A22 - Zernecke
γδ T cells in the pathogenesis of atherosclerosis
It is well recognized that atherosclerosis is a chronic inflammatory disease in which both innate and adaptive immune responses cooperate to fuel the inflammatory process within the vascular wall. Various immune cell types have been revealed to contribute to the initiation and progression of atherosclerotic lesion development. Besides monocytes/macrophages and dendritic cells, also the balance between pro-inflammatory and anti-inflammatory T cell responses and their modulation by regulatory mechanisms is a critical determinant of atherosclerosis. In particular, Th1 responses are known to play a major pro-atherogenic role, and are counterbalanced by regulatory T cells. The role of Th17 cells and their prototypical cytokine IL-17 in atherosclerosis remain controversial. The role of gamma delta T cells in atherosclerosis has not been evaluated. Gamma delta T cells are regarded as a non-conventional T cell subset endowed with features of innate and adaptive immune cells.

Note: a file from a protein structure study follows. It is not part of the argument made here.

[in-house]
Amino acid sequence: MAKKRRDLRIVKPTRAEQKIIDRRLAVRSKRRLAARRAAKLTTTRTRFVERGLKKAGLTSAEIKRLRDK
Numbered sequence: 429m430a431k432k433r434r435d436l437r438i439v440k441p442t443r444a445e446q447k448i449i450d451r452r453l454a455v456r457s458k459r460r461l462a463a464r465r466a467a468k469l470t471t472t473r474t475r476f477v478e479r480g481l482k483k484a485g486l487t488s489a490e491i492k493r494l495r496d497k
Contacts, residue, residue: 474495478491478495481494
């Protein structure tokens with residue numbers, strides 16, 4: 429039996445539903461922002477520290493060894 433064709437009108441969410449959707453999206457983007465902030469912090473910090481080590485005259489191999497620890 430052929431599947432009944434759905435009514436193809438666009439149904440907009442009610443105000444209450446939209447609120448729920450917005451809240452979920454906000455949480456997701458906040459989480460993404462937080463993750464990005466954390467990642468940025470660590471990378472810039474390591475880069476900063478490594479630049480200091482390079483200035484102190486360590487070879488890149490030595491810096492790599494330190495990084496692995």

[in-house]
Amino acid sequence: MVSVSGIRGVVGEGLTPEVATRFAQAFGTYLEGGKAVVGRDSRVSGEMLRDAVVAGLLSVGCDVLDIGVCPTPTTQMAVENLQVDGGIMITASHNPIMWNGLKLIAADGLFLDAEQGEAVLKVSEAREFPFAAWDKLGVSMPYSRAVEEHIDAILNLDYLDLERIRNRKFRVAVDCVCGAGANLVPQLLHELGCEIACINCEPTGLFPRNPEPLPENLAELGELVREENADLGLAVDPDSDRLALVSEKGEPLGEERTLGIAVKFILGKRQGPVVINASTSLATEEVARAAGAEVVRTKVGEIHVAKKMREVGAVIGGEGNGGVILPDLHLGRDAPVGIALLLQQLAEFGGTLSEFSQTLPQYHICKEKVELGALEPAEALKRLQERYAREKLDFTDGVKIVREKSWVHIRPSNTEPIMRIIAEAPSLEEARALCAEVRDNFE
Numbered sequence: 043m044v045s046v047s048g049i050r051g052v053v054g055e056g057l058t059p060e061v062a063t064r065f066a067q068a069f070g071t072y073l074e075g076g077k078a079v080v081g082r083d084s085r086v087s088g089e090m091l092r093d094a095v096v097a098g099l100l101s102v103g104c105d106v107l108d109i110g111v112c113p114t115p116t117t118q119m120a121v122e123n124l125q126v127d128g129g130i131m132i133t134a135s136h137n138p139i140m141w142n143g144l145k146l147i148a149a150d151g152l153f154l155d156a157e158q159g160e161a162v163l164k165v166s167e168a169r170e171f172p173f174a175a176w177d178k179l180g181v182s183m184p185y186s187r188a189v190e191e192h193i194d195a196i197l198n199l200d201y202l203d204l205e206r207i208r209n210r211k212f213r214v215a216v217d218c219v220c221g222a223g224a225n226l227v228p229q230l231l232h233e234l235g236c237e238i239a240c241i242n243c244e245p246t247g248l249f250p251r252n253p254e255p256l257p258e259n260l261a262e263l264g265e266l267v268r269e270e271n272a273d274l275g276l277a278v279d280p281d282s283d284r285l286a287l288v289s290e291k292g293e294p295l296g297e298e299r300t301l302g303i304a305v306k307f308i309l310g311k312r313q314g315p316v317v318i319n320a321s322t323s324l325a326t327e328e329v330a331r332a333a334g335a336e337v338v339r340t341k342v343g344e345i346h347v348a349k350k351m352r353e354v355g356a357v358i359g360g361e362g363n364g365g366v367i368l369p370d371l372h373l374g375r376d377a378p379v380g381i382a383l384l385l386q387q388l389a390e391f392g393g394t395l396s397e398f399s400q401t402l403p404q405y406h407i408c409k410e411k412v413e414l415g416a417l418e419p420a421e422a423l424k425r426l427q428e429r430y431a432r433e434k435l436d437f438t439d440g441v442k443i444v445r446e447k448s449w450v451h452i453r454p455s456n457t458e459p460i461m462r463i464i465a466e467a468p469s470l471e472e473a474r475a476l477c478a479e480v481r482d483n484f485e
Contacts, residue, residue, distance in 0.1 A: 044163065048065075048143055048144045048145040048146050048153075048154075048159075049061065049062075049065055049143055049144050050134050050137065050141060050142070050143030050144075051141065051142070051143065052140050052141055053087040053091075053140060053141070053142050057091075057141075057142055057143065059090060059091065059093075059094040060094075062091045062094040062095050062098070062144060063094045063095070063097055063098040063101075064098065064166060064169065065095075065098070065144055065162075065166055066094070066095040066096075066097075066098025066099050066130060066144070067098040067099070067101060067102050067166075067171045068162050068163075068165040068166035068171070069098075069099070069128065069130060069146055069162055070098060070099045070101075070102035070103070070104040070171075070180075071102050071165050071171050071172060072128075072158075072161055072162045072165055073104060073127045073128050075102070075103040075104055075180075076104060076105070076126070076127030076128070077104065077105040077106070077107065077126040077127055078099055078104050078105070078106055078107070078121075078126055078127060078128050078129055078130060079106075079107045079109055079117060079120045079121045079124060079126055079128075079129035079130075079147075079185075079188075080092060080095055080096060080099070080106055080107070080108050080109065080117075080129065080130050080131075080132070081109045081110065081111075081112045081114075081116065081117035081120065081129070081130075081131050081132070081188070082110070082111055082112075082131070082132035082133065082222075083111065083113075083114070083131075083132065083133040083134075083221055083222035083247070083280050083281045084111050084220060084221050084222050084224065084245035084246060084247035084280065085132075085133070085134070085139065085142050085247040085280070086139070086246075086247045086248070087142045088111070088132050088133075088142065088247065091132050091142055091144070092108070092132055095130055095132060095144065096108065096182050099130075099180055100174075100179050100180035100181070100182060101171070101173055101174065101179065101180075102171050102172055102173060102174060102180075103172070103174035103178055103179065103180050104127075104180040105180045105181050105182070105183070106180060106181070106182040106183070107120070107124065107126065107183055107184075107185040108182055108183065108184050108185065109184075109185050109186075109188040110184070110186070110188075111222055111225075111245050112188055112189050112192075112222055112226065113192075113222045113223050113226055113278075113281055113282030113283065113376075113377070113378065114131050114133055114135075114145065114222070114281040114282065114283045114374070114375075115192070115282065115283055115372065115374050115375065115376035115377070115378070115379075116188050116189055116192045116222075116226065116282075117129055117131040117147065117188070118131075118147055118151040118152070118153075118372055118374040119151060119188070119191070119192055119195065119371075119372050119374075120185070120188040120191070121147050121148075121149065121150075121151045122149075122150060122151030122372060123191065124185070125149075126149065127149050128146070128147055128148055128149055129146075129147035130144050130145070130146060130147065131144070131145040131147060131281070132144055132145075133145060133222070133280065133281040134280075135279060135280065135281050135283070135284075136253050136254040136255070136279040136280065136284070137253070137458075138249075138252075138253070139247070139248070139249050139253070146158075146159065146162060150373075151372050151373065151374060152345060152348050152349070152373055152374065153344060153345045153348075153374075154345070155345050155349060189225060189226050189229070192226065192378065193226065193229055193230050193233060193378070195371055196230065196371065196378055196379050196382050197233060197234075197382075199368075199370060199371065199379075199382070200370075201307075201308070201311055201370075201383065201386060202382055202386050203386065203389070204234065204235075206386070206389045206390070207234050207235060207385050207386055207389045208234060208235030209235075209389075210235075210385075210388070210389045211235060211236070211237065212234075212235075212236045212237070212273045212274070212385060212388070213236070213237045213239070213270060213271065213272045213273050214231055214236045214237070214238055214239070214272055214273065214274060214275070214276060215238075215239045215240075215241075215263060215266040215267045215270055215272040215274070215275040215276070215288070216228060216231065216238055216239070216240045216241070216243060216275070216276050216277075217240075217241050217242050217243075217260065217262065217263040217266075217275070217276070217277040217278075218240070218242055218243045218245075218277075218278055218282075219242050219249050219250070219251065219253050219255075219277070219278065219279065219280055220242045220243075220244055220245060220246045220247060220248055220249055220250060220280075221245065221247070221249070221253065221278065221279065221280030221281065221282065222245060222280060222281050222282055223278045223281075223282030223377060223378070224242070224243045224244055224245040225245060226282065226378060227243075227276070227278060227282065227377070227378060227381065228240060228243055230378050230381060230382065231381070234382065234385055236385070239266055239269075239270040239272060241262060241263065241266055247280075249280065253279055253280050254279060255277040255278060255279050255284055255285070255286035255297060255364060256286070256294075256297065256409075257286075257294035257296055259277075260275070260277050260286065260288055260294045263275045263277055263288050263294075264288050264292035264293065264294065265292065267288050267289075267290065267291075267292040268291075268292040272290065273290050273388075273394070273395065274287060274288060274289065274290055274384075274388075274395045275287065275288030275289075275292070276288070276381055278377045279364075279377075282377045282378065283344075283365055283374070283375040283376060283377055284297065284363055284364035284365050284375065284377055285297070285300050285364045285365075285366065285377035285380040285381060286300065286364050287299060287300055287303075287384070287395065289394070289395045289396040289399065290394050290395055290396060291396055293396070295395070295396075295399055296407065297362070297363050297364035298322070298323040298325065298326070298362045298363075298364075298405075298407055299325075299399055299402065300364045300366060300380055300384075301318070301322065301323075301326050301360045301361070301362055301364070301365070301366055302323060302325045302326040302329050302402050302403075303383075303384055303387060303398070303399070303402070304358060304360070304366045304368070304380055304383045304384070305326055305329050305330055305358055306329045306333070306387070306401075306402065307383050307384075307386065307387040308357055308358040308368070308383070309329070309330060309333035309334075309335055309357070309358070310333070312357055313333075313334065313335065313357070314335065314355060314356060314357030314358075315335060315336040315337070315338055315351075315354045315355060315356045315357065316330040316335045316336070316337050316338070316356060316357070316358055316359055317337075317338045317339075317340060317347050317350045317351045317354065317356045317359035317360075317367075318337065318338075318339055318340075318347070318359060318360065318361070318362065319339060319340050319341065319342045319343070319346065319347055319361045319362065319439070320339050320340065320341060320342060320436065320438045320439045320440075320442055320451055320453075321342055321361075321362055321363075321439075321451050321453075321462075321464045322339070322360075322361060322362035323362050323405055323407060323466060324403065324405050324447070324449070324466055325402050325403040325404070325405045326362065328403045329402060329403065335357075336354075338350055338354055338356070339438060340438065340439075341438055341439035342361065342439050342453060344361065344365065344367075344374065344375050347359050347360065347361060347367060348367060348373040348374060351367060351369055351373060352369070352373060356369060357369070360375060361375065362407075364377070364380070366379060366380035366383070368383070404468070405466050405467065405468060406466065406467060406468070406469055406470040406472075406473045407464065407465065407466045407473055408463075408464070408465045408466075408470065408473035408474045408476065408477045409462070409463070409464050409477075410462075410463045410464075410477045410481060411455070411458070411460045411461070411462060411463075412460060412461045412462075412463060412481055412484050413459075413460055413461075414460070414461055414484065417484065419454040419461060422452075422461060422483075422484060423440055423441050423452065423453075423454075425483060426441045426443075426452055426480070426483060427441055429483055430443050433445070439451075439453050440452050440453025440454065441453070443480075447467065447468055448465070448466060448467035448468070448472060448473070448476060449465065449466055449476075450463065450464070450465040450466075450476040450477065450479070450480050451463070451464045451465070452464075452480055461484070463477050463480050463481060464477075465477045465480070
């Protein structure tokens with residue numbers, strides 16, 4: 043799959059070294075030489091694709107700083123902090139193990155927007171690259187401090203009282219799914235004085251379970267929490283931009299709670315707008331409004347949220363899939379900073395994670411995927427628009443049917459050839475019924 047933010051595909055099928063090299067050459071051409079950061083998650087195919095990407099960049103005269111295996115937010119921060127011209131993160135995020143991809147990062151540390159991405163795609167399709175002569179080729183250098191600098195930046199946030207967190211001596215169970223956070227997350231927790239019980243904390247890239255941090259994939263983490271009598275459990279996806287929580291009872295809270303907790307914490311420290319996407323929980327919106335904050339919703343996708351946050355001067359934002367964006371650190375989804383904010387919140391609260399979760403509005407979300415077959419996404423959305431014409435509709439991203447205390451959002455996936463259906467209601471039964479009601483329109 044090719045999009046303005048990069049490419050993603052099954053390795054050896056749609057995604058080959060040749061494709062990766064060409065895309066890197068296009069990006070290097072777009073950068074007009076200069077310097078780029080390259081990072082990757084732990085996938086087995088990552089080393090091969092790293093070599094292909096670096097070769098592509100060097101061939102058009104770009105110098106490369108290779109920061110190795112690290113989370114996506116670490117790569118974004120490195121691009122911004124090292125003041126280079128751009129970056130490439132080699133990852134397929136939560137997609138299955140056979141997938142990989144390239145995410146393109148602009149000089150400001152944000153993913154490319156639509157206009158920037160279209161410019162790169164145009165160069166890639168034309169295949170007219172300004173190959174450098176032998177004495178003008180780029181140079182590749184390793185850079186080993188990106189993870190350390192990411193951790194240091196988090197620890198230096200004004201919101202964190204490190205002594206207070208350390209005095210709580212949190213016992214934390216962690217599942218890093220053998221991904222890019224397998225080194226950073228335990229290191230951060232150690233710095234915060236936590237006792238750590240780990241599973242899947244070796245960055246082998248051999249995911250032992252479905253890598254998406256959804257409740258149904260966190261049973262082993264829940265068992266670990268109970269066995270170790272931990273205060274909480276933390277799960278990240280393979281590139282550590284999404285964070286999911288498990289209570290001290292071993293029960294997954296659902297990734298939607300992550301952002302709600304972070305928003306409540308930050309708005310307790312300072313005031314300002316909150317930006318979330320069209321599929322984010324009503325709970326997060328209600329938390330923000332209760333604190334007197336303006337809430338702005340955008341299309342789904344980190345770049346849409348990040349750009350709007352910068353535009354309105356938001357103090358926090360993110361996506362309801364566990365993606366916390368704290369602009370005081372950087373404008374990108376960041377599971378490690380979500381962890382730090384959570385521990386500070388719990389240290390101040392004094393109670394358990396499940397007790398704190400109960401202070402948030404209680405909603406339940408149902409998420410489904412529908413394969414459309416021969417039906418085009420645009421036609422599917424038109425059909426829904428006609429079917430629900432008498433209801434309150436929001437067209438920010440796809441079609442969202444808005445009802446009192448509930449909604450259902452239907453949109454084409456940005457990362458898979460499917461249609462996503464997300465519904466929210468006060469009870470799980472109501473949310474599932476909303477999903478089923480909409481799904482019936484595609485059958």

We here will study mechanisms of the activation of gamma delta T cells in the vessel wall and investigate their functional contribution to atherogenesis. We will furthermore evaluate the crosstalk between dendritic cells and gamma delta T cells that shape the immune response in the vascular wall. We will furthermore attempt to establish a therapeutic strategy of antibody-mediated targeting of vascular gamma delta T cells for atheroprotection in vivo. Finally, we will analyze the expression of cytokines/receptors and effector molecules identified in gamma delta T cells in human atherosclerosis, thus establishing a link between our mechanistic studies and human disease, and providing new putative targets for anti-atherosclerotic therapies.